In an obvious handout to the lucrative “notice of bike lane closure” sign-making industry, Seattle now requires 72 hours of advance notice before closing a bike lane or neighborhood greenway for construction.
This is obviously not a complete solution to the problem of bike lanes suddenly ending, requiring often stressful merges into lanes mixed with motor vehicles. But at least you should have some warning now if a bike lane you depend on daily is going to close soon. And that’s something.
We’re still waiting for better rules requiring construction work to provide temporary biking and walking paths of comparable comfort and directness. It is simply not acceptable that people walking and biking should have to assume added personal danger in order to accommodate a construction project for someone else’s profit. Inconvenience is acceptable because this is a city and that happens. But danger is not OK.
That’s the principle behind this graphic we put together two years ago using Streetmix showing the order that lanes should be closed for construction:
Since then, Seattle has made it a rule that closing a sidewalk without a temporary walkway can only happen as “a last resort.” But the same has not happened for bike lanes, as anyone who bikes on Dexter or 2nd Ave can attest.
More details on the new 72-hour rule from SDOT:
When you’re riding a bike (or traveling by any means, for that matter) an unexpected change in the path can be challenging to navigate. With our city in the midst of a construction boom, impacts to roadways, sidewalks and bike lanes are more common than ever. That’s why, starting this week, conditions for construction permit approval include on-site signage 72 hours in advance for work that closes or impacts a bike lane or trail.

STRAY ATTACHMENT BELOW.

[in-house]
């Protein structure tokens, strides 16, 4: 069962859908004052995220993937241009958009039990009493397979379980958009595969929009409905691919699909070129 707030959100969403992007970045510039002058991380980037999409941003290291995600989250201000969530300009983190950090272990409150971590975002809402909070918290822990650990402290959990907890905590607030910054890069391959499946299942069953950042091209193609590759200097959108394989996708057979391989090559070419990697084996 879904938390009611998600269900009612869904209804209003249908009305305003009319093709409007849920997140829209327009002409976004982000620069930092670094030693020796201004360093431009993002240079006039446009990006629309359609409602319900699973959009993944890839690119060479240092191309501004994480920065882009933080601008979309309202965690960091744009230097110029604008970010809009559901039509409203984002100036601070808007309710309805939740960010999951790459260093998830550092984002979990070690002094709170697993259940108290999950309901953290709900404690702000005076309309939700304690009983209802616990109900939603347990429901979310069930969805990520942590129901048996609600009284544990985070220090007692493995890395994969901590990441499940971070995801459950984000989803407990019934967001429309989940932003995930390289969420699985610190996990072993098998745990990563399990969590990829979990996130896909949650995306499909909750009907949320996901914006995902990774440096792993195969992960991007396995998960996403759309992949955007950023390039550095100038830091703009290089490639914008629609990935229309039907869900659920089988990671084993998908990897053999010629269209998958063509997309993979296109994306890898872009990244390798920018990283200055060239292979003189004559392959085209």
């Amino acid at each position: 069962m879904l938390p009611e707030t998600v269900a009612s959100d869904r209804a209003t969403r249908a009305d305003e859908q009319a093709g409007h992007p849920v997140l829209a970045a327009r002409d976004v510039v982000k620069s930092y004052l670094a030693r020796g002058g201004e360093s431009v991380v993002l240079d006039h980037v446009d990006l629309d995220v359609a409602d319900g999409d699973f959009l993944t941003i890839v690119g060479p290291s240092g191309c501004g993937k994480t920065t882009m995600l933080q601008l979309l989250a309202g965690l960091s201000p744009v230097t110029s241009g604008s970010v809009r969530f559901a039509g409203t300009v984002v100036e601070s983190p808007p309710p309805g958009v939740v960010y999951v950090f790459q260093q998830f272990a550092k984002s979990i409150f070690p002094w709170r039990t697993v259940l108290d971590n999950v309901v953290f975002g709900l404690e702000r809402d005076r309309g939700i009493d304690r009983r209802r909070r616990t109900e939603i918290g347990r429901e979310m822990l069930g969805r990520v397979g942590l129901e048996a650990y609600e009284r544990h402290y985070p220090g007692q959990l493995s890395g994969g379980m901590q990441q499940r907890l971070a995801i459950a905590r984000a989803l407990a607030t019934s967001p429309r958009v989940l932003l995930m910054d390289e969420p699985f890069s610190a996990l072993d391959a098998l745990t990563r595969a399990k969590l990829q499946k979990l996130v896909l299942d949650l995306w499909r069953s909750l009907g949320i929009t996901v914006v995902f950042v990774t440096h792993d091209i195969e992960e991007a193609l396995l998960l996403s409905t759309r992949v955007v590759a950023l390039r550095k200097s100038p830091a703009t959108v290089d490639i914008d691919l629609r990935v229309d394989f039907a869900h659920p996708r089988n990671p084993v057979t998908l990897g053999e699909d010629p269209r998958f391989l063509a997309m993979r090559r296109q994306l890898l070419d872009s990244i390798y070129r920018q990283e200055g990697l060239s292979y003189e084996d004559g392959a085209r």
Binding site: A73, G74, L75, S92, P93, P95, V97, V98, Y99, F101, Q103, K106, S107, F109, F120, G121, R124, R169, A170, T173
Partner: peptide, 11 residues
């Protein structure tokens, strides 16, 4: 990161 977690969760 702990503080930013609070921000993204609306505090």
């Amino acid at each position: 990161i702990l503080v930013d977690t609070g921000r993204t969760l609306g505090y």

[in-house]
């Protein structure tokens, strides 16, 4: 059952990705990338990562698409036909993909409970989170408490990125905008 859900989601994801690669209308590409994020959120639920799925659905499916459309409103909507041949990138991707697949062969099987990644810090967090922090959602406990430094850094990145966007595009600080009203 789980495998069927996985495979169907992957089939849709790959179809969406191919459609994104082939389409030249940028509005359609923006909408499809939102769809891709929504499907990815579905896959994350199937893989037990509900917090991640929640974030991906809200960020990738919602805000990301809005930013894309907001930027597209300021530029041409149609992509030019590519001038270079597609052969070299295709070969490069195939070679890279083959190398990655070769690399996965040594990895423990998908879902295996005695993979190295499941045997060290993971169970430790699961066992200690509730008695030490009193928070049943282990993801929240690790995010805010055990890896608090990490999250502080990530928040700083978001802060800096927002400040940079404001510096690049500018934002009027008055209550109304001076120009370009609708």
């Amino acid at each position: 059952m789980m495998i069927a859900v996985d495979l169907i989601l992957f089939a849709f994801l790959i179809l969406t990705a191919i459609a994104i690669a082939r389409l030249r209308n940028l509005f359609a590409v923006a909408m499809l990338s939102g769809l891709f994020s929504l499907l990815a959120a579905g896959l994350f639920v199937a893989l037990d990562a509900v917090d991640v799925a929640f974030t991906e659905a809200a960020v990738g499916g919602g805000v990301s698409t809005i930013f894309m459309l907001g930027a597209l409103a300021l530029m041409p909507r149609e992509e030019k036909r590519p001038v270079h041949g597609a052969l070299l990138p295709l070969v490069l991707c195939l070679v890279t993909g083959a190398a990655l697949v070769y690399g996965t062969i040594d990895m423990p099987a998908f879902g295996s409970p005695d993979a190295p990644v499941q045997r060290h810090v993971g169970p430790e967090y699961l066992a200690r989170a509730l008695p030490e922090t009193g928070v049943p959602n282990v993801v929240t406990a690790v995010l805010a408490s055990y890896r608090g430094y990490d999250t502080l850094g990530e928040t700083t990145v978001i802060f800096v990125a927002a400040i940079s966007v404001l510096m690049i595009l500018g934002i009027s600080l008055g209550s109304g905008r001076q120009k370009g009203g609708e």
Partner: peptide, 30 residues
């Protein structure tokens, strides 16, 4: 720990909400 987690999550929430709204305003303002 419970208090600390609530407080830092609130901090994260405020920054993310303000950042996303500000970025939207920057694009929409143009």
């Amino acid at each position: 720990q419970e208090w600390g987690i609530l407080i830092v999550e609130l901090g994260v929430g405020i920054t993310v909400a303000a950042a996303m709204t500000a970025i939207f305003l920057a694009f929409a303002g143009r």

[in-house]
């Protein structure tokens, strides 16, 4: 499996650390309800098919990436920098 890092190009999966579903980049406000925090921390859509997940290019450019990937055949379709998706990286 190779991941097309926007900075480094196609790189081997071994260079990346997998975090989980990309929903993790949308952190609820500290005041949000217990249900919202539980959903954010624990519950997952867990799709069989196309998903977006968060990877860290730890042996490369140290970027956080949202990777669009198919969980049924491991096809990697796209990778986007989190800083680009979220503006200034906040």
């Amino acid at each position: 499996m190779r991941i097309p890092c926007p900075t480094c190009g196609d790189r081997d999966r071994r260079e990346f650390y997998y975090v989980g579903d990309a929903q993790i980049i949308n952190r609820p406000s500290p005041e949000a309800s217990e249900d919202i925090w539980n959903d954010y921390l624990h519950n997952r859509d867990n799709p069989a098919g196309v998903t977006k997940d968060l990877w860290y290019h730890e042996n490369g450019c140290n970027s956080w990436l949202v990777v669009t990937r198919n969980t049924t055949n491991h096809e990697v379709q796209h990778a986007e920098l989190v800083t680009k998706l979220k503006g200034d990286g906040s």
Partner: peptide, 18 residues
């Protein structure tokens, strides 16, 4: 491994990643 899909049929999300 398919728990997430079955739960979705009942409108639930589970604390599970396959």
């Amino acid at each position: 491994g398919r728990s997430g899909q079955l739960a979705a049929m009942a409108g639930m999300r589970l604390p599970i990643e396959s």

We coordinate the work of contractors on both public and private projects, and require that bike lanes and sidewalks be kept open to the full extent possible during a project. We also require enhanced on-site notification of impacts.
The signs must be waterproof, have the project start date, end date, and, if the closure is not 24 hours per day, daily closure times, in accordance with the City of Seattle Traffic Control Manual for In-Street Work. That way, people riding bikes or walking in Seattle can plan alternate routes.
For work that will close or impact a Neighborhood Greenway or a non-arterial bicycle route, a “Road Work Ahead” or “Road Work (distance)” sign must be placed at the adjacent street intersections. The temporary signs cannot impede access or safety. Plus, if closure of a Greenway is longer than a calendar month, the contractor must contact Neighborhood Greenways at least 5 calendar days prior to the closure.